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Playing catch up with the fast-moving world of medical influencing

Dr Neasa Conneally

Does the lack of regulation around doctors who are social media ‘influencers’ put trust in the medical profession at risk?

A new phenomenon in recent years that many readers, depending on their generation and how much time they spend glued to their phone, may not be aware of is the increasing reach and popularity of medical influencers.

‘What on earth is an influencer?’ some readers who may be less au fait with the goings on of the internet may ask. An influencer is someone who has generated sufficient online reach, particularly on the photo and video sharing app Instagram, by sharing every aspect of their highly aspirational lives. The most popular influencers can build up many thousands or millions of viewers or ‘followers’ and advertisers and brands have long cottoned on to this reach.

The most popular influencers establish ‘paid partnerships’ with brands and do sponsored posts, or ads essentially, and are given free gifts, which they then broadcast to their followers. This can be incredibly lucrative and being an influencer has become a massive industry in its own right.

Anyone can become an influencer, from a make-up artist to an aspiring model or a teenager in their bedroom. But now doctors are getting in the game too, sharing their lives and posting medical education at the same time. The closest equivalent would probably be a celebrity TV doctor, broadcasting through people’s phones on Instagram. They too are posting ads and sponsored posts and getting generous free gifts.

Almost as quickly as this has started, debate has begun on where the ethical boundaries lie. In Ireland all influencers are nominally held to guidelines drawn by the Advertising Standards Authority of Ireland (ASAI). All ads have to be declared, often with a clearly marked hashtag, such as #ad. This guidance is followed to varying degrees, but most followers make the assumption that if an influencer is showing them something, they have either been paid to do it or have been given it for free.

However, what is acceptable for a beauty blogger or model to do isn’t necessarily acceptable for a doctor to do. It is an indisputable fact that we are held to a higher standard by society. Doctors are consistently ranked in the top three most trusted professions in such surveys and I wonder do we risk that trust by selling our profession to the highest bidder?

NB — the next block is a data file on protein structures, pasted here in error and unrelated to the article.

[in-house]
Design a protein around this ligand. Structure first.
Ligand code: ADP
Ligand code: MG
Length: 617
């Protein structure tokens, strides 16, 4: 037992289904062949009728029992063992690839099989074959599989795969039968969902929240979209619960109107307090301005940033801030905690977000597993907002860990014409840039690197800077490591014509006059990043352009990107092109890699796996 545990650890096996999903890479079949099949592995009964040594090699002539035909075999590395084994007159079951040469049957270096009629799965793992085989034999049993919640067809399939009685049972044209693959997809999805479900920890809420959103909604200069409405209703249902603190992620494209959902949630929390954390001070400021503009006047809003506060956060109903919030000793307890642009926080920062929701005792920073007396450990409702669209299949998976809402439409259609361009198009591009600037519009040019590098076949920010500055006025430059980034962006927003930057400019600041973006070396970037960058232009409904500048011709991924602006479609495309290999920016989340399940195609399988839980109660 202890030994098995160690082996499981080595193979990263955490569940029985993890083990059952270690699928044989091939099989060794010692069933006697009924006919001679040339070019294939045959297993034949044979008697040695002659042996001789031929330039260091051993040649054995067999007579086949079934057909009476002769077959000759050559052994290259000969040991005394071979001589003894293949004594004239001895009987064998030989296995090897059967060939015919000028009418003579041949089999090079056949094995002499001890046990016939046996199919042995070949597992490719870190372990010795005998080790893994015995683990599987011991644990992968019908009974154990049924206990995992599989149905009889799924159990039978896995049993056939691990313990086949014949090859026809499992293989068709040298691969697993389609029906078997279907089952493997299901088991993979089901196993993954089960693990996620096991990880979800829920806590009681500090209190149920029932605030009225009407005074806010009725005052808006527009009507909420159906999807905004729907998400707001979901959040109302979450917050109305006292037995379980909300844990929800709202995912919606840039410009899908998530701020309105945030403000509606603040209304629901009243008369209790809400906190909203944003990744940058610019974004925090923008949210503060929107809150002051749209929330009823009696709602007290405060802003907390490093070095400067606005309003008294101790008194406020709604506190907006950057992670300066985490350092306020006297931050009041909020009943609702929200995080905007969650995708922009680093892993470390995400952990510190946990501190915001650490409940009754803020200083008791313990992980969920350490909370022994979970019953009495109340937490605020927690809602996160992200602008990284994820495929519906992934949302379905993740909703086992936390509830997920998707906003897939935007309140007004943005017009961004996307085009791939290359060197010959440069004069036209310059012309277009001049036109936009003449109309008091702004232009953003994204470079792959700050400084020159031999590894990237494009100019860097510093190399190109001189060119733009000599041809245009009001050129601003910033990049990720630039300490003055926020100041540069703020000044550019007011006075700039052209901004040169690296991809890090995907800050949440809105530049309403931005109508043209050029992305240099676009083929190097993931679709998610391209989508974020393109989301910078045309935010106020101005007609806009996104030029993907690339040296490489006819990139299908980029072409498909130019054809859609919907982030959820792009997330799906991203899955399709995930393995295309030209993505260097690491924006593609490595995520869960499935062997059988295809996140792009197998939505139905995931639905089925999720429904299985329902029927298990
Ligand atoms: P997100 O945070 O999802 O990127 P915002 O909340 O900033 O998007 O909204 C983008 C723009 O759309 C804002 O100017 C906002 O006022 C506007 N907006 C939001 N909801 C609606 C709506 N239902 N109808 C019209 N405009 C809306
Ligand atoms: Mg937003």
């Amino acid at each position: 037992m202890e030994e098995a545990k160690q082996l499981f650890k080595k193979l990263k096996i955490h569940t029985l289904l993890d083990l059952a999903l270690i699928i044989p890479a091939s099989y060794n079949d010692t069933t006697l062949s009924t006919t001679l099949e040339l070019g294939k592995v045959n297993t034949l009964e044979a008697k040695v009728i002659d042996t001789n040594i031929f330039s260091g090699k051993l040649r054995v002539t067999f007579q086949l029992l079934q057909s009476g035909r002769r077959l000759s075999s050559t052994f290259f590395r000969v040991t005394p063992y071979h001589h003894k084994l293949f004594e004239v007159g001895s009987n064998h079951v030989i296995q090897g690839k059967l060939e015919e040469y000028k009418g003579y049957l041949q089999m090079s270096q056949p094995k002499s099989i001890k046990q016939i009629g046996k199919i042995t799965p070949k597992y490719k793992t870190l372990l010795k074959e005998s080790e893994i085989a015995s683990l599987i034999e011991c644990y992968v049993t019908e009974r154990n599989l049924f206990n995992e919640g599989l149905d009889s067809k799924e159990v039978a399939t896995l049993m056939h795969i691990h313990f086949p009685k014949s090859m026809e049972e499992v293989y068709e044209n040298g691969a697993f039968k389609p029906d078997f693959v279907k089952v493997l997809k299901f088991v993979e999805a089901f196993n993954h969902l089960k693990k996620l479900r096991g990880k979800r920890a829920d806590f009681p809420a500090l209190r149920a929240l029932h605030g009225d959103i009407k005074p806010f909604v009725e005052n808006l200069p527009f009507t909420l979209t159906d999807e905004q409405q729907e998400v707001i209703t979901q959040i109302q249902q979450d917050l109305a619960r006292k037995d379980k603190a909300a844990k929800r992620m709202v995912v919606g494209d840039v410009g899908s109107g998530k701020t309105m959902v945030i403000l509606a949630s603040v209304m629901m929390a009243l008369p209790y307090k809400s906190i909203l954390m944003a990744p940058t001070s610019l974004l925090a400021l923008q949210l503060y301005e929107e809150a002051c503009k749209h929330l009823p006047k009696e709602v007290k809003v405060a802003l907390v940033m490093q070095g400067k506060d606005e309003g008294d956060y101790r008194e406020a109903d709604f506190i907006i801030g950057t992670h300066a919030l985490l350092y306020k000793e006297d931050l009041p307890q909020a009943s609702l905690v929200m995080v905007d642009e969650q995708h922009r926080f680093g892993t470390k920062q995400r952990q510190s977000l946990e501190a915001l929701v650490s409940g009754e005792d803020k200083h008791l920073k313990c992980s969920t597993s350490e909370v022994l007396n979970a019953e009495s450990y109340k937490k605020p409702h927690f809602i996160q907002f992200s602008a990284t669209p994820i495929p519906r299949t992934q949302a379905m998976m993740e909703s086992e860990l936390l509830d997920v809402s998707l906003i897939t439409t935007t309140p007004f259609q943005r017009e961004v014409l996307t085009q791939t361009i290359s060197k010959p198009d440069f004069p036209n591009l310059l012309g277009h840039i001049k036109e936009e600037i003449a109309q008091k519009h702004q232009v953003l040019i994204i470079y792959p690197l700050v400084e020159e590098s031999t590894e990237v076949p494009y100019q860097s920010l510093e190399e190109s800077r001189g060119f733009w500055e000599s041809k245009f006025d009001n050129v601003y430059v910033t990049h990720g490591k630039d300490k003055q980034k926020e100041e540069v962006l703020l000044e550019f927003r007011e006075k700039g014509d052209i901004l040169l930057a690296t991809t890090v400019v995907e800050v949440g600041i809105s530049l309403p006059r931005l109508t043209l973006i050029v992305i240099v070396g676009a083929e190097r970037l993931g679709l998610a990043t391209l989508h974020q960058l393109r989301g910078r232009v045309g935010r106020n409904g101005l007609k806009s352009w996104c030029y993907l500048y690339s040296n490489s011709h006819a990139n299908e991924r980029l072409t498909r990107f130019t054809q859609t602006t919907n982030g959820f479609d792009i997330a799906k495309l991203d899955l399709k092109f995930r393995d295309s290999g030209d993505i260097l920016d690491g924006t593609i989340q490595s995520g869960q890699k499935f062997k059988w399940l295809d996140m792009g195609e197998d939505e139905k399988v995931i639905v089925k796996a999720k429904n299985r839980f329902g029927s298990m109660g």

For years there have been strict rules on how drug companies interact with doctors in order to maintain professional separation and integrity. Should it then follow that if a drug company cannot even give you a free pen, let alone take you on holiday, is it okay that in return for sharing it with your followers that you can be given a free dress, or a break in a five-star hotel, or a car?

What about doing ads for skincare or supplements or medical products that are sold in pharmacies? Does that not then put into question whether all the advice given in their clinical practice is still impartial and evidence-based or whether there are other motives behind it?

The world of social media moves extremely quickly and changes all the time. It is understandable that the Medical Council isn’t quite up to speed. Their 2019 guidelines on social media make only general references to not communicating directly with patients online, maintaining patient confidentiality, and making sure that any information given is factual and valid.

There are of course many positives to the world of medical influencing. It is accessible to many population groups; in particular teenagers, young women or new mothers. It can be a powerful tool to counter false information, particularly now where everyone has a platform and anyone can speak without any expertise. I would far rather a doctor speak and give accurate information on topics such as preventing the spread of Covid-19, cervical screening, breast feeding or whatever it may be, rather than uninformed or disingenuous viewpoints.

I want to make it very clear that this is not a personal attack on any one particular person or group of people. I cannot see any of them breaching Medical Council guidelines as they currently stand and I’m sure that they would all personally aim to act with the utmost professional integrity. It is rather the lacuna in the guidelines that I am concerned about and how this potentially could lead to poor practice and put the profession into disrepute.

Like so many things on the internet, the world of influencing is moving faster than what society and our regulators can keep up with. Doctors have always had to be advocates for our own personal patients, now we also have to be advocates for society at large. In this atmosphere of fake news and increasing distrust of experts, medical influencing can play an important role in this. But like everything in medicine, in order to be done safely it needs to operate within clear regulations and guidelines.

  1. motyllek@yahoo.com on September 18, 2020 at 10:23 am

    What’s the story with dentists who advertise toothpaste on TV.
    I think it is a really bad development.

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